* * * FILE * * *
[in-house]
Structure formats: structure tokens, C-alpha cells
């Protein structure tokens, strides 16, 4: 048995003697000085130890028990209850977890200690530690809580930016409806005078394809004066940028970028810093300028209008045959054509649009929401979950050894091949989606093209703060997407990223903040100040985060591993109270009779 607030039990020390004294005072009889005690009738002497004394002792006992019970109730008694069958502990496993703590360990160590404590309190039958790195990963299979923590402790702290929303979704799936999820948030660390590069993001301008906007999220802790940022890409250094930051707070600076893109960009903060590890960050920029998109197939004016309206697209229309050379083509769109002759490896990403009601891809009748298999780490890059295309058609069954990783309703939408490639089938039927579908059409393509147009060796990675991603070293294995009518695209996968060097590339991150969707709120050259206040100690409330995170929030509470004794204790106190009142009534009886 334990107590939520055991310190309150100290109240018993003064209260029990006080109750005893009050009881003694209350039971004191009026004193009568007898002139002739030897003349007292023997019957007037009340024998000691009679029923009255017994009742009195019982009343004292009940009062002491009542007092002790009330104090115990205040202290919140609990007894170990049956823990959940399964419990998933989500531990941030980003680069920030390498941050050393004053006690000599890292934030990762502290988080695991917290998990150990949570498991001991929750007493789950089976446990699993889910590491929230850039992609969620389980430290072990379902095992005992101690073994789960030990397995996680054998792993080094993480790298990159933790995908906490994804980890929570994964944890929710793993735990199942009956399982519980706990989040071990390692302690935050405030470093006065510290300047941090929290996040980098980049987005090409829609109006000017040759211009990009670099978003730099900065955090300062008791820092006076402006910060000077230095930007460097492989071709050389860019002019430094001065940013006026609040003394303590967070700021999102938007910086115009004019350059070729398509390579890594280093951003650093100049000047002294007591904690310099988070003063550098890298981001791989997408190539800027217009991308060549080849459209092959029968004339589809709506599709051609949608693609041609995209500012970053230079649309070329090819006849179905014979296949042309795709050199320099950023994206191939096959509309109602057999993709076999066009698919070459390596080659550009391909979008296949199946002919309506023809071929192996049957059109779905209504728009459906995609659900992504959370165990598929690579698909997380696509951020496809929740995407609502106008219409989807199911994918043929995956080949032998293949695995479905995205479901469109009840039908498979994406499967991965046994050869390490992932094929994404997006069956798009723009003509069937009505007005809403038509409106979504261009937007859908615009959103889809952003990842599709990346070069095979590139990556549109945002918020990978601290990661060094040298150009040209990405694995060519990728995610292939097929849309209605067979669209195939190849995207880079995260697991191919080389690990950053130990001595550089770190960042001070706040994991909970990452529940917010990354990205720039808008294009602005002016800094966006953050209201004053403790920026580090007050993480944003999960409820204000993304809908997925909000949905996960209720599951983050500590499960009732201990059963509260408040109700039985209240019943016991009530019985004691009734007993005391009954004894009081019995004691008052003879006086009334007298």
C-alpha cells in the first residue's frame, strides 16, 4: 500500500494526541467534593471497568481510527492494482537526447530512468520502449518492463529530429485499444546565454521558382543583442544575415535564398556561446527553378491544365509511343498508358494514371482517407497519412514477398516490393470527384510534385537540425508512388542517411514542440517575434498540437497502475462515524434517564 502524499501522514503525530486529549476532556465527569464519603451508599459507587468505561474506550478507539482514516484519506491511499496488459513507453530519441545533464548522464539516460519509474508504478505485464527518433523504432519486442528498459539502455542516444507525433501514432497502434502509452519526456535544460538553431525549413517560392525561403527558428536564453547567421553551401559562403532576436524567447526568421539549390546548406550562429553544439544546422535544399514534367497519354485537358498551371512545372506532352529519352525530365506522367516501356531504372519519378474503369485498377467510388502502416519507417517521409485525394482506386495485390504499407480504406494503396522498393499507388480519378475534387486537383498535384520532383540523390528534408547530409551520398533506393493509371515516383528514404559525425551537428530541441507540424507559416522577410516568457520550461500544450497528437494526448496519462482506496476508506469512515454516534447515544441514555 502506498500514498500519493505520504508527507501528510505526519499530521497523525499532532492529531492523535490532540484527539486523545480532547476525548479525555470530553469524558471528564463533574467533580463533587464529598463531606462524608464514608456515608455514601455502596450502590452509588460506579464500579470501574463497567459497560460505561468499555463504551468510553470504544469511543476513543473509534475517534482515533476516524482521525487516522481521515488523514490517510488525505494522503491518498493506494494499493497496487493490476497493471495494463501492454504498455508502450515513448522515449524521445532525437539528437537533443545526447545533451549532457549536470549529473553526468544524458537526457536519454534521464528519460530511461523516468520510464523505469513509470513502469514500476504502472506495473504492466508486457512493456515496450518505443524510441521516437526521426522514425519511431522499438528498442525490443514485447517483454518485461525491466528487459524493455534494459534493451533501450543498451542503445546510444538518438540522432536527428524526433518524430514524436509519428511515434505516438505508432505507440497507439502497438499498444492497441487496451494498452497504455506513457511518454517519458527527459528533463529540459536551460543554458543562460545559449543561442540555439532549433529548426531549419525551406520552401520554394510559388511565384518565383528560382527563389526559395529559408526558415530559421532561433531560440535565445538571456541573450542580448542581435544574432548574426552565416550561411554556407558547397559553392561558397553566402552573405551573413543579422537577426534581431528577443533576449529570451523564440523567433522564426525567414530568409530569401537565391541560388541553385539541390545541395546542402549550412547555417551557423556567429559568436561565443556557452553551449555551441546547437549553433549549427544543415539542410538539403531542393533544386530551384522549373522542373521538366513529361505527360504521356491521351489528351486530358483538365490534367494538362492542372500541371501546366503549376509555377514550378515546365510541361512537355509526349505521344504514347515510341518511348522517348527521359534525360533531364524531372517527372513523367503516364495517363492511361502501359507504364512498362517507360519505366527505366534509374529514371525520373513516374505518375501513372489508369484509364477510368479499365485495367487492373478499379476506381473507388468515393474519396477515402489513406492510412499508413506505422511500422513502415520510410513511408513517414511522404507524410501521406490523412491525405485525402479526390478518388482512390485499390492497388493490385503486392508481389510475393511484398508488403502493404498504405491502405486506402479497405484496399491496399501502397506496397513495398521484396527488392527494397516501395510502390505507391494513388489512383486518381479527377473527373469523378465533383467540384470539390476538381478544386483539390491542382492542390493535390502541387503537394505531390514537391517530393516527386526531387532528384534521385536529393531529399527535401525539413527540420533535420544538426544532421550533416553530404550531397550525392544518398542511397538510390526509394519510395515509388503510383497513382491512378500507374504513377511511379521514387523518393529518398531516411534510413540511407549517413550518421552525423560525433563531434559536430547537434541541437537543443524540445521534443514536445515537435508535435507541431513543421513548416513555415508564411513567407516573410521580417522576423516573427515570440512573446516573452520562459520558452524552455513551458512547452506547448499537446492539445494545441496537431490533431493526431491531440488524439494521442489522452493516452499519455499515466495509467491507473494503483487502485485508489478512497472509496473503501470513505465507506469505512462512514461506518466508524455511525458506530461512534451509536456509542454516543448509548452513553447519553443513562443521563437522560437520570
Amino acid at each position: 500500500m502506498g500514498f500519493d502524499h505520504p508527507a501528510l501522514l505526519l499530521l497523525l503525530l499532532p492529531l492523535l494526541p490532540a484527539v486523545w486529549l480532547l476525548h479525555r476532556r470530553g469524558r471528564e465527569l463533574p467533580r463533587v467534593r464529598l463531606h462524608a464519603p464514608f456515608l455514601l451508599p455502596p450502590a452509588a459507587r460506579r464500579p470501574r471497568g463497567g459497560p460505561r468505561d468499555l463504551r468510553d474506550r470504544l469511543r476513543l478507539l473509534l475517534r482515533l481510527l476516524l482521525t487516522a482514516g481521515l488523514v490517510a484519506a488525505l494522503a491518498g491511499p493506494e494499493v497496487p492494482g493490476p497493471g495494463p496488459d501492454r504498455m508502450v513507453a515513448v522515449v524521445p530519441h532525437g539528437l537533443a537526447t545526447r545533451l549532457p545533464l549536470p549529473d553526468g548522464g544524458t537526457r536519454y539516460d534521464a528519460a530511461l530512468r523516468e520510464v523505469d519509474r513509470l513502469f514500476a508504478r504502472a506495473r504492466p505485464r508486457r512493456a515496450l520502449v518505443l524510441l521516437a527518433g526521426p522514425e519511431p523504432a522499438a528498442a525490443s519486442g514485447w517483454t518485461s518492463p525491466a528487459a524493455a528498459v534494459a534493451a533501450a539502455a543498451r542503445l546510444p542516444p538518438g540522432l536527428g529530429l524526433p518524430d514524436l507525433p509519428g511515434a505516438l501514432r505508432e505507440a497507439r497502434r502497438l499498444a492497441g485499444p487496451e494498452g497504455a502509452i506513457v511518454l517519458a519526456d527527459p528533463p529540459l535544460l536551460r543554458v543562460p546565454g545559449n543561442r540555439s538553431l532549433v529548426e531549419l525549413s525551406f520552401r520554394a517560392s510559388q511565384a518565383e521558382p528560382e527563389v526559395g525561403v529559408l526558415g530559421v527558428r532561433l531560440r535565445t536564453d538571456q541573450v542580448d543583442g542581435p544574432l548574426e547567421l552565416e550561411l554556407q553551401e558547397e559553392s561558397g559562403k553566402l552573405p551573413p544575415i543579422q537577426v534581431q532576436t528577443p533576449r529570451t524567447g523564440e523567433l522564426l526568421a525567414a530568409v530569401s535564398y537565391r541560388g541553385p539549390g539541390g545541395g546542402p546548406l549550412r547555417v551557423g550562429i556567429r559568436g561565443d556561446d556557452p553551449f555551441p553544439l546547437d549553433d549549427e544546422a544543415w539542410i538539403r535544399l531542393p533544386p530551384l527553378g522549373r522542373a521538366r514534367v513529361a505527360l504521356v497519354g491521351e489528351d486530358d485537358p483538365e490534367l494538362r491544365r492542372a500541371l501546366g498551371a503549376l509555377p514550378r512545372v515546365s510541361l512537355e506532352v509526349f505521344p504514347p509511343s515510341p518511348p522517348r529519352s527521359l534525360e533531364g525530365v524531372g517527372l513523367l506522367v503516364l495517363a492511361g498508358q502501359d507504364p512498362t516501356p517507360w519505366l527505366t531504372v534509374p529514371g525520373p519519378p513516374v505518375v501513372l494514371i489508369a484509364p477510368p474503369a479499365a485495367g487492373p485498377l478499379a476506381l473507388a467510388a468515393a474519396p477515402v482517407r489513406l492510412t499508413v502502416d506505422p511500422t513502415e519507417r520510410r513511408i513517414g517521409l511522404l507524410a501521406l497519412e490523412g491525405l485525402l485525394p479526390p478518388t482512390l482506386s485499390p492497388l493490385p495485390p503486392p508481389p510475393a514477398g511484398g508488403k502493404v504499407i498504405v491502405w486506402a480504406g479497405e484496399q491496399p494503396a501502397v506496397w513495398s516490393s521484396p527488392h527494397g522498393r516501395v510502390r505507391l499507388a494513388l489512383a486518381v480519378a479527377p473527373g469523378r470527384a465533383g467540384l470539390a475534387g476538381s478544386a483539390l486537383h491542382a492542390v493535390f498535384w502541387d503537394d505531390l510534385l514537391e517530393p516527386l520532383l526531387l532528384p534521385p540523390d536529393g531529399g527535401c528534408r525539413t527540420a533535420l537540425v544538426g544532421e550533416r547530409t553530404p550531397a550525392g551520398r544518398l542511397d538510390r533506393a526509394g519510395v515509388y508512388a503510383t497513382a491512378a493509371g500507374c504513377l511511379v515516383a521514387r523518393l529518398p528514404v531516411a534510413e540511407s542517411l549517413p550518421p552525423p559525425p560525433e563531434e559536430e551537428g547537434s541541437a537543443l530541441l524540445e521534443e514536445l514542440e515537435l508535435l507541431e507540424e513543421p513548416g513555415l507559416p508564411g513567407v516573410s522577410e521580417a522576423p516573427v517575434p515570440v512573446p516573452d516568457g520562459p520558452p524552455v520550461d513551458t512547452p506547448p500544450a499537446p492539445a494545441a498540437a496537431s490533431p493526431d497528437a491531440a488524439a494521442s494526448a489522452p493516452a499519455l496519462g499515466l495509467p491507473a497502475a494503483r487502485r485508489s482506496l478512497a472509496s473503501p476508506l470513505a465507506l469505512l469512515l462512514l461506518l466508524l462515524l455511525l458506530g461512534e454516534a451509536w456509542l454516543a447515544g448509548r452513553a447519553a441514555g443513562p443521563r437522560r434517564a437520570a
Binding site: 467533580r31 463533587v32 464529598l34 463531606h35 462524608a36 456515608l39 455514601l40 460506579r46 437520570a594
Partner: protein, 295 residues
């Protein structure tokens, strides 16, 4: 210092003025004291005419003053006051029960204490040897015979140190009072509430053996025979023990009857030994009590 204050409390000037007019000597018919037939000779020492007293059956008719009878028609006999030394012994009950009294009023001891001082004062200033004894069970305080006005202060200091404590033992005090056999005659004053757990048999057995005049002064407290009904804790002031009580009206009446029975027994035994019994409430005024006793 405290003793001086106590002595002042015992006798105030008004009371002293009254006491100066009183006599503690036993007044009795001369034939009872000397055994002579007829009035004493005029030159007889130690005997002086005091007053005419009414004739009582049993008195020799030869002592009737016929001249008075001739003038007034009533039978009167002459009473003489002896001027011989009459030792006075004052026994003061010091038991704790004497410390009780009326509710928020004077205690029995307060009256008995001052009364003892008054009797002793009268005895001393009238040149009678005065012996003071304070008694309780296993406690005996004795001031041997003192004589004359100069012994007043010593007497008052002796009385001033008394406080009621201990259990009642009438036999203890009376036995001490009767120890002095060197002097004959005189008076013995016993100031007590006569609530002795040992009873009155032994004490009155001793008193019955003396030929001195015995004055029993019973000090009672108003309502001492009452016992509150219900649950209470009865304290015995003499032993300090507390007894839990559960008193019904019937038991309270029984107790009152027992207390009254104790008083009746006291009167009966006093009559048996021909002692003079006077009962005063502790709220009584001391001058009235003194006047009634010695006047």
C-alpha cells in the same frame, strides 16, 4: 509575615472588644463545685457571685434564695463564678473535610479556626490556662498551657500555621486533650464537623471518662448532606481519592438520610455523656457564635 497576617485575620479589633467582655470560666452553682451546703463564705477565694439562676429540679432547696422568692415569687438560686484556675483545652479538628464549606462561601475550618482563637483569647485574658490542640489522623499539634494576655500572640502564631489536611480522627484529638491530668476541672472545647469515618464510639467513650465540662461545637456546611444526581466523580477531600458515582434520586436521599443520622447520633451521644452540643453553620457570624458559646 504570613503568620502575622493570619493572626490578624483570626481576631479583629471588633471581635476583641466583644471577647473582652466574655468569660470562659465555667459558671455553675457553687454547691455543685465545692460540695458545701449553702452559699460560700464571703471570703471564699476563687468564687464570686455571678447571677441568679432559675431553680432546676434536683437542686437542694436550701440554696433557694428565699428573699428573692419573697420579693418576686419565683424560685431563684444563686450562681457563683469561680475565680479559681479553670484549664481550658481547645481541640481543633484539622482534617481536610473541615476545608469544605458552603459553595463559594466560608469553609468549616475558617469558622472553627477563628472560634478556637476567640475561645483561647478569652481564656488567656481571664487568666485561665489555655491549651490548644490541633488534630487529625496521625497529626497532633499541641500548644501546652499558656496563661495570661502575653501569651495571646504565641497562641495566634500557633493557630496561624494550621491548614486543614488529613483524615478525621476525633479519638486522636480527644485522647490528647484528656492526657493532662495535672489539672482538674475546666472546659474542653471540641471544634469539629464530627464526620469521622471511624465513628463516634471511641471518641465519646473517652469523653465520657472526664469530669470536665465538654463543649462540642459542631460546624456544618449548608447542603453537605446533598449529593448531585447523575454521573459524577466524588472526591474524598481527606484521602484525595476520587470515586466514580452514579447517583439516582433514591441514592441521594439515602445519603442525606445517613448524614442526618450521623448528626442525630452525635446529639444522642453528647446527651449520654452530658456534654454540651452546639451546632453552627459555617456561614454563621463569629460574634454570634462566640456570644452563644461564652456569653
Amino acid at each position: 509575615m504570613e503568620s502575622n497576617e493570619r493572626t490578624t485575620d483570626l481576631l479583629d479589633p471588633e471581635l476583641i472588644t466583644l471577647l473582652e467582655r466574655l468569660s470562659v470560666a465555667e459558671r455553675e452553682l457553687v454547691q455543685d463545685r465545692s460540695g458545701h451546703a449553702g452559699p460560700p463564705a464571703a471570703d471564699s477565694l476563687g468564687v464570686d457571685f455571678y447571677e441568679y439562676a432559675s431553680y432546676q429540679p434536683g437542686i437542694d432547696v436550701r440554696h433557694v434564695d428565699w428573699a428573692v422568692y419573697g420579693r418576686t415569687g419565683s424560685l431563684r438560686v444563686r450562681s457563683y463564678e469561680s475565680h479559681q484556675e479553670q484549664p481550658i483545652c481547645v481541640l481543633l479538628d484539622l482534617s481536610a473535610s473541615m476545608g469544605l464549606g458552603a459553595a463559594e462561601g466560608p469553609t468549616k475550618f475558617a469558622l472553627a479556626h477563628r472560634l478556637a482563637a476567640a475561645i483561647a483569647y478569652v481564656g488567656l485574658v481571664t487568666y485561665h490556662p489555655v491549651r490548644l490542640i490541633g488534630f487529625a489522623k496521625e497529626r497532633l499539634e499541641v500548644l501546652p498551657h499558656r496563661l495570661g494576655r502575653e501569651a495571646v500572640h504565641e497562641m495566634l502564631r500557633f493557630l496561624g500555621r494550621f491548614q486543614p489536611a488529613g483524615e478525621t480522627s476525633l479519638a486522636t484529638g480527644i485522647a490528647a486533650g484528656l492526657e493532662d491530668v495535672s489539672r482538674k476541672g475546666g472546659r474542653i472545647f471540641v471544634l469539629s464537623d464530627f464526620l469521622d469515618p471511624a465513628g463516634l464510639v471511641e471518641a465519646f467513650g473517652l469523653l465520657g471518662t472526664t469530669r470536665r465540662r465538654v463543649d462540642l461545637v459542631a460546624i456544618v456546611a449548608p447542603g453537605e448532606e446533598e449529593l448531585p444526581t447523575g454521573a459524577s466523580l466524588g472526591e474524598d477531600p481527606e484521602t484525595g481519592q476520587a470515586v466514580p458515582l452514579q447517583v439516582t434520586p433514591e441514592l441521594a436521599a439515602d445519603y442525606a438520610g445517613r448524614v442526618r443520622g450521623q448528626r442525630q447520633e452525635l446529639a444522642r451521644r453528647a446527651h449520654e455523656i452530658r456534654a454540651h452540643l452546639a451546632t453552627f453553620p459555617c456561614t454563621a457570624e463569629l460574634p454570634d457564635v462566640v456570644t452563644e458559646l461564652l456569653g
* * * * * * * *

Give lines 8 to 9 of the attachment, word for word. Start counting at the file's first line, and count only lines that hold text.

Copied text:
């Protein structure tokens, strides 16, 4: 210092003025004291005419003053006051029960204490040897015979140190009072509430053996025979023990009857030994009590 204050409390000037007019000597018919037939000779020492007293059956008719009878028609006999030394012994009950009294009023001891001082004062200033004894069970305080006005202060200091404590033992005090056999005659004053757990048999057995005049002064407290009904804790002031009580009206009446029975027994035994019994409430005024006793 405290003793001086106590002595002042015992006798105030008004009371002293009254006491100066009183006599503690036993007044009795001369034939009872000397055994002579007829009035004493005029030159007889130690005997002086005091007053005419009414004739009582049993008195020799030869002592009737016929001249008075001739003038007034009533039978009167002459009473003489002896001027011989009459030792006075004052026994003061010091038991704790004497410390009780009326509710928020004077205690029995307060009256008995001052009364003892008054009797002793009268005895001393009238040149009678005065012996003071304070008694309780296993406690005996004795001031041997003192004589004359100069012994007043010593007497008052002796009385001033008394406080009621201990259990009642009438036999203890009376036995001490009767120890002095060197002097004959005189008076013995016993100031007590006569609530002795040992009873009155032994004490009155001793008193019955003396030929001195015995004055029993019973000090009672108003309502001492009452016992509150219900649950209470009865304290015995003499032993300090507390007894839990559960008193019904019937038991309270029984107790009152027992207390009254104790008083009746006291009167009966006093009559048996021909002692003079006077009962005063502790709220009584001391001058009235003194006047009634010695006047």
C-alpha cells in the same frame, strides 16, 4: 509575615472588644463545685457571685434564695463564678473535610479556626490556662498551657500555621486533650464537623471518662448532606481519592438520610455523656457564635 497576617485575620479589633467582655470560666452553682451546703463564705477565694439562676429540679432547696422568692415569687438560686484556675483545652479538628464549606462561601475550618482563637483569647485574658490542640489522623499539634494576655500572640502564631489536611480522627484529638491530668476541672472545647469515618464510639467513650465540662461545637456546611444526581466523580477531600458515582434520586436521599443520622447520633451521644452540643453553620457570624458559646 504570613503568620502575622493570619493572626490578624483570626481576631479583629471588633471581635476583641466583644471577647473582652466574655468569660470562659465555667459558671455553675457553687454547691455543685465545692460540695458545701449553702452559699460560700464571703471570703471564699476563687468564687464570686455571678447571677441568679432559675431553680432546676434536683437542686437542694436550701440554696433557694428565699428573699428573692419573697420579693418576686419565683424560685431563684444563686450562681457563683469561680475565680479559681479553670484549664481550658481547645481541640481543633484539622482534617481536610473541615476545608469544605458552603459553595463559594466560608469553609468549616475558617469558622472553627477563628472560634478556637476567640475561645483561647478569652481564656488567656481571664487568666485561665489555655491549651490548644490541633488534630487529625496521625497529626497532633499541641500548644501546652499558656496563661495570661502575653501569651495571646504565641497562641495566634500557633493557630496561624494550621491548614486543614488529613483524615478525621476525633479519638486522636480527644485522647490528647484528656492526657493532662495535672489539672482538674475546666472546659474542653471540641471544634469539629464530627464526620469521622471511624465513628463516634471511641471518641465519646473517652469523653465520657472526664469530669470536665465538654463543649462540642459542631460546624456544618449548608447542603453537605446533598449529593448531585447523575454521573459524577466524588472526591474524598481527606484521602484525595476520587470515586466514580452514579447517583439516582433514591441514592441521594439515602445519603442525606445517613448524614442526618450521623448528626442525630452525635446529639444522642453528647446527651449520654452530658456534654454540651452546639451546632453552627459555617456561614454563621463569629460574634454570634462566640456570644452563644461564652456569653